Rants and Ramen

Trip Start Jun 01, 2011
Trip End Ongoing

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Flag of United States  , Colorado
Sunday, June 12, 2011

One.  While in Whoville, did Colorado secretly pass a law that any '6' on a speed limit sign should be treated as a '5' and the speed of the vehicle adjusted accordingly?

Two.  Montrose.  Your stoplights.  Shit.  I think you must just put them in for fun.  And rig them all to turn red as white, mud-speckled out-of-state Tacomas are approaching.  You are depressing and the lights are not helping me get the hell out of you!

Three.  Looks like my truck CD player decided to die.  Won't play the CD that is currently in its belly, but refuses to relinquish said CD.  I may be at the mercy of western po-dunk town radio for a while.

FourColorado Boy brewery is closed today.  The growler I have been holding on to for two years since I was last here, and was brought on this trip specifically for this day, shall remain aslumber in the bed of my truck.  (all this means is that I have to return)


My life is rough.  :)

Two summers ago I spent some time in the Ridgway/Durango area camping, hiking, and exploring.  Ridgway is one of the most beautiful places in Colorado.  The San Juan mountain range just to the south, with Mt Sneffels quietly watching over the expanse to the north.

I spent a couple nights camped up in the Yankee Boy Basin at the foot of Mt Sneffels.  I awoke at 6am to a light drizzle (every time I woke during the night it was raining, to my dismay, since I wanted to climb the peak that morning).  I was considering abandoning my summit attempt, but after hearing a couple vehicles go by, decided it was worth a shot.

A thick, chilly fog filled the basin and there were times during the climb when visibility was less than a hundred feet.  Early in the hike I smelled what seemed to be Top Ramen.  "That's a strange choice for breakfast", I thought, "although it does smell damn tasty."  About 20 minutes later into the climb, when there were no campsites nearby, I smelled it again.  I suppose it must have been one of the types of plant in that area.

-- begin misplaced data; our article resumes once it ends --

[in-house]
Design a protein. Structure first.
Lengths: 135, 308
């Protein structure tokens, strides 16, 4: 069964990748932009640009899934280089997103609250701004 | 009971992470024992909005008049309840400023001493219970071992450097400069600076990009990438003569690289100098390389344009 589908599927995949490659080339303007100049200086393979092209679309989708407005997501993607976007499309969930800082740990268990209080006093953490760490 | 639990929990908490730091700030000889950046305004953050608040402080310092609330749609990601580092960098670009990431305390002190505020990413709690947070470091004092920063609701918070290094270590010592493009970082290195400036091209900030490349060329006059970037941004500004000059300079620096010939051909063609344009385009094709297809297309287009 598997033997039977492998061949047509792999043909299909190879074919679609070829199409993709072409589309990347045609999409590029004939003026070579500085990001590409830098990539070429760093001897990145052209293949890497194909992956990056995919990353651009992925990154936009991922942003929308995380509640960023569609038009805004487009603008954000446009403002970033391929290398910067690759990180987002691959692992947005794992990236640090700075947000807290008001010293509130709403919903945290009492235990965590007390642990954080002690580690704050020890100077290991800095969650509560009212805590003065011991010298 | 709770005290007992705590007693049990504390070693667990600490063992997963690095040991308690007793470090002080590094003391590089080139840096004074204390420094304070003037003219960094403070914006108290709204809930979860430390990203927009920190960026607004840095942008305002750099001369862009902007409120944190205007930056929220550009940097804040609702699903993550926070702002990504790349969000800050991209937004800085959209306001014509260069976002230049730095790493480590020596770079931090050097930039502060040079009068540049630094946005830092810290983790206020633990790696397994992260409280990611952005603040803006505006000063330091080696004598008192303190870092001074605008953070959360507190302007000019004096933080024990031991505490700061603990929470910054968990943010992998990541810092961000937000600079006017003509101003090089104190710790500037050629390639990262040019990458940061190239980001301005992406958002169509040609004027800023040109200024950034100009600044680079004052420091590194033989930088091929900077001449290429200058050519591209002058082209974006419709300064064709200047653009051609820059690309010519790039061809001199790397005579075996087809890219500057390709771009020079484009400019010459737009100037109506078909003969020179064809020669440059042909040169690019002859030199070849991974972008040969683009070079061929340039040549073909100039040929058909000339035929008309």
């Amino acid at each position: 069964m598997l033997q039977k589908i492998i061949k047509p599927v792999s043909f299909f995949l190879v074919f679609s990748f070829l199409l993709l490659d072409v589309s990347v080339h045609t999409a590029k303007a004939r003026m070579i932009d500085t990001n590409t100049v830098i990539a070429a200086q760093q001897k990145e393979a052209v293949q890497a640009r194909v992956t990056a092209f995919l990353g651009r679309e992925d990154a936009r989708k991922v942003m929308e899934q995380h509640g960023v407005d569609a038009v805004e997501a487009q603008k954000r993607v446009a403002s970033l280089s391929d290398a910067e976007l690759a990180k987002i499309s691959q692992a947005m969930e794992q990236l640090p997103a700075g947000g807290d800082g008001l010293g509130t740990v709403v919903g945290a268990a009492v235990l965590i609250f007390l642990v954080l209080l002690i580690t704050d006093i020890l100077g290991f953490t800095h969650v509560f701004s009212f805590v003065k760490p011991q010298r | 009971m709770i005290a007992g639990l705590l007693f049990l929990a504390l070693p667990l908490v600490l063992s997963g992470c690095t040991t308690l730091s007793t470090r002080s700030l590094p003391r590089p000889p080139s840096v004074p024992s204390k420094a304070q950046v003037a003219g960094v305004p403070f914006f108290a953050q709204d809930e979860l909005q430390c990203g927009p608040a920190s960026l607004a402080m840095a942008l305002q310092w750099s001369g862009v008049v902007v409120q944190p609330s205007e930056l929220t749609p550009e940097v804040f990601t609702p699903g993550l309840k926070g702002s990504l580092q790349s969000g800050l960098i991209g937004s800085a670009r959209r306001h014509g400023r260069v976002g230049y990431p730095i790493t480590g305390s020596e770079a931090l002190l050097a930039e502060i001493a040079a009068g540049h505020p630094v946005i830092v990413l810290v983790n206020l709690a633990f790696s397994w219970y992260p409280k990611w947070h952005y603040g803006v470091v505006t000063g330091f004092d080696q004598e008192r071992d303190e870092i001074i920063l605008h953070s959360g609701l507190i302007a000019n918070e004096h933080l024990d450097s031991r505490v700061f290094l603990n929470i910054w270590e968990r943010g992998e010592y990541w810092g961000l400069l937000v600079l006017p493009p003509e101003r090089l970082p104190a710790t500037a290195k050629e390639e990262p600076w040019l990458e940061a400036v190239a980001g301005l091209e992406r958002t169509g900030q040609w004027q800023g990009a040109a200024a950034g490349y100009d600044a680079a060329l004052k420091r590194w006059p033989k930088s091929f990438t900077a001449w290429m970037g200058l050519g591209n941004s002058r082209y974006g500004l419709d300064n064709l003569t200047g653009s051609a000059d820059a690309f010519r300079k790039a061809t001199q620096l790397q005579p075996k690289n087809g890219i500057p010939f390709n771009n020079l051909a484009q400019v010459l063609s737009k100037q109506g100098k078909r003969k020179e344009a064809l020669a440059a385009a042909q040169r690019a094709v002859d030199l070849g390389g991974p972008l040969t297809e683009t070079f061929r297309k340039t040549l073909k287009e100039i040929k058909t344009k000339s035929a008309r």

Climbing up a steep, seemingly never-ending scree field, the climbers were actually greeted with a light snow!  As long as there was no thunder or hail, I figured it was safe to continue.  After encountering a number of equally-exhausted looking climbers, I was the first to reach the summit other than three young guys who had just gotten there.  Although still having the satisfaction of reaching the top alive, it felt like we were standing in a cloud!

A number of people came and went, but I chose to stay in hopes that the fog would break to reveal a view that I could only imagine.  After about an hour, once my fingers were too cold to write, it finally came.  For only 30 seconds or so, a window opened in the fog to the north, the view even better than I hoped for!  I don't even know if I had time to take a picture.  As soon as the window opened, it was gone again.

The worst part about climbing a 14er is the hike down.  Your knees take a horrific beating and your legs quickly turn to rubber.  However, it's also the best part of climbing a 14er - passing a multitude of breathless, red-faced, sweaty people still on their way up.  Actually, the best part of hiking a 14er is a giant burger, greasy fries, and a nice, cold beer after getting down!
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